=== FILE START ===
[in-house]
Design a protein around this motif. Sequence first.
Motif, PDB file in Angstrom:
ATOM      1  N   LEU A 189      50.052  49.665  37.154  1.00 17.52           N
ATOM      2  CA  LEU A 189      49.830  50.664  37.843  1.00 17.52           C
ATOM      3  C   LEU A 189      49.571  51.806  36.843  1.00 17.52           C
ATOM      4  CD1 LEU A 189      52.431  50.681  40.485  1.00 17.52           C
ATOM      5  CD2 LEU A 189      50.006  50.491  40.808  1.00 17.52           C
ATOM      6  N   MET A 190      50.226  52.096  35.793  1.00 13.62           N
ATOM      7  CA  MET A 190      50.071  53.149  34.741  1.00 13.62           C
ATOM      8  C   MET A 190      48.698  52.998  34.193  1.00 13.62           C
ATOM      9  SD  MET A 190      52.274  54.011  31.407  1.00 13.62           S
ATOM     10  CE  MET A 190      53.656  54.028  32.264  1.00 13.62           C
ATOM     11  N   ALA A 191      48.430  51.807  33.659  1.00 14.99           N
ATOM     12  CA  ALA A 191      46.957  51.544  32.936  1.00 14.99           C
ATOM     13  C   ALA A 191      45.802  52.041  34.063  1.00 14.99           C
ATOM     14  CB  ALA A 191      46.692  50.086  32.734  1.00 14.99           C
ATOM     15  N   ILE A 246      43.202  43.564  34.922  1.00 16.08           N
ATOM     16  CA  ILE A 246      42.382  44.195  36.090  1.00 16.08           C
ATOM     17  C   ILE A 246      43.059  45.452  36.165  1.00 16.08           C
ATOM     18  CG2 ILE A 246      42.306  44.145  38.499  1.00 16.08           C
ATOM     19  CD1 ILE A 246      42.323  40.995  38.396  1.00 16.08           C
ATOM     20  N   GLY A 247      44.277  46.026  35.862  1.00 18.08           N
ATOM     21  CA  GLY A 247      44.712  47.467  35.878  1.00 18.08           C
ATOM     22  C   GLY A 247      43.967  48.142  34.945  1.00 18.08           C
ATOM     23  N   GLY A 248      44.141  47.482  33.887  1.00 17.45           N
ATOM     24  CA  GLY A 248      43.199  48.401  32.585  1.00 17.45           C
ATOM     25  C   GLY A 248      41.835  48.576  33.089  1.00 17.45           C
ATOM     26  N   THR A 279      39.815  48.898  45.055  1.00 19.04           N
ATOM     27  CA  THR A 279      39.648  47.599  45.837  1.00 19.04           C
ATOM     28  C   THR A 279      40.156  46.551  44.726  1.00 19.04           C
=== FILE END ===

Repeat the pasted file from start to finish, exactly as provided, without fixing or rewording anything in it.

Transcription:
[in-house]
Design a protein around this motif. Sequence first.
Motif, PDB file in Angstrom:
ATOM      1  N   LEU A 189      50.052  49.665  37.154  1.00 17.52           N
ATOM      2  CA  LEU A 189      49.830  50.664  37.843  1.00 17.52           C
ATOM      3  C   LEU A 189      49.571  51.806  36.843  1.00 17.52           C
ATOM      4  CD1 LEU A 189      52.431  50.681  40.485  1.00 17.52           C
ATOM      5  CD2 LEU A 189      50.006  50.491  40.808  1.00 17.52           C
ATOM      6  N   MET A 190      50.226  52.096  35.793  1.00 13.62           N
ATOM      7  CA  MET A 190      50.071  53.149  34.741  1.00 13.62           C
ATOM      8  C   MET A 190      48.698  52.998  34.193  1.00 13.62           C
ATOM      9  SD  MET A 190      52.274  54.011  31.407  1.00 13.62           S
ATOM     10  CE  MET A 190      53.656  54.028  32.264  1.00 13.62           C
ATOM     11  N   ALA A 191      48.430  51.807  33.659  1.00 14.99           N
ATOM     12  CA  ALA A 191      46.957  51.544  32.936  1.00 14.99           C
ATOM     13  C   ALA A 191      45.802  52.041  34.063  1.00 14.99           C
ATOM     14  CB  ALA A 191      46.692  50.086  32.734  1.00 14.99           C
ATOM     15  N   ILE A 246      43.202  43.564  34.922  1.00 16.08           N
ATOM     16  CA  ILE A 246      42.382  44.195  36.090  1.00 16.08           C
ATOM     17  C   ILE A 246      43.059  45.452  36.165  1.00 16.08           C
ATOM     18  CG2 ILE A 246      42.306  44.145  38.499  1.00 16.08           C
ATOM     19  CD1 ILE A 246      42.323  40.995  38.396  1.00 16.08           C
ATOM     20  N   GLY A 247      44.277  46.026  35.862  1.00 18.08           N
ATOM     21  CA  GLY A 247      44.712  47.467  35.878  1.00 18.08           C
ATOM     22  C   GLY A 247      43.967  48.142  34.945  1.00 18.08           C
ATOM     23  N   GLY A 248      44.141  47.482  33.887  1.00 17.45           N
ATOM     24  CA  GLY A 248      43.199  48.401  32.585  1.00 17.45           C
ATOM     25  C   GLY A 248      41.835  48.576  33.089  1.00 17.45           C
ATOM     26  N   THR A 279      39.815  48.898  45.055  1.00 19.04           N
ATOM     27  CA  THR A 279      39.648  47.599  45.837  1.00 19.04           C
ATOM     28  C   THR A 279      40.156  46.551  44.726  1.00 19.04           C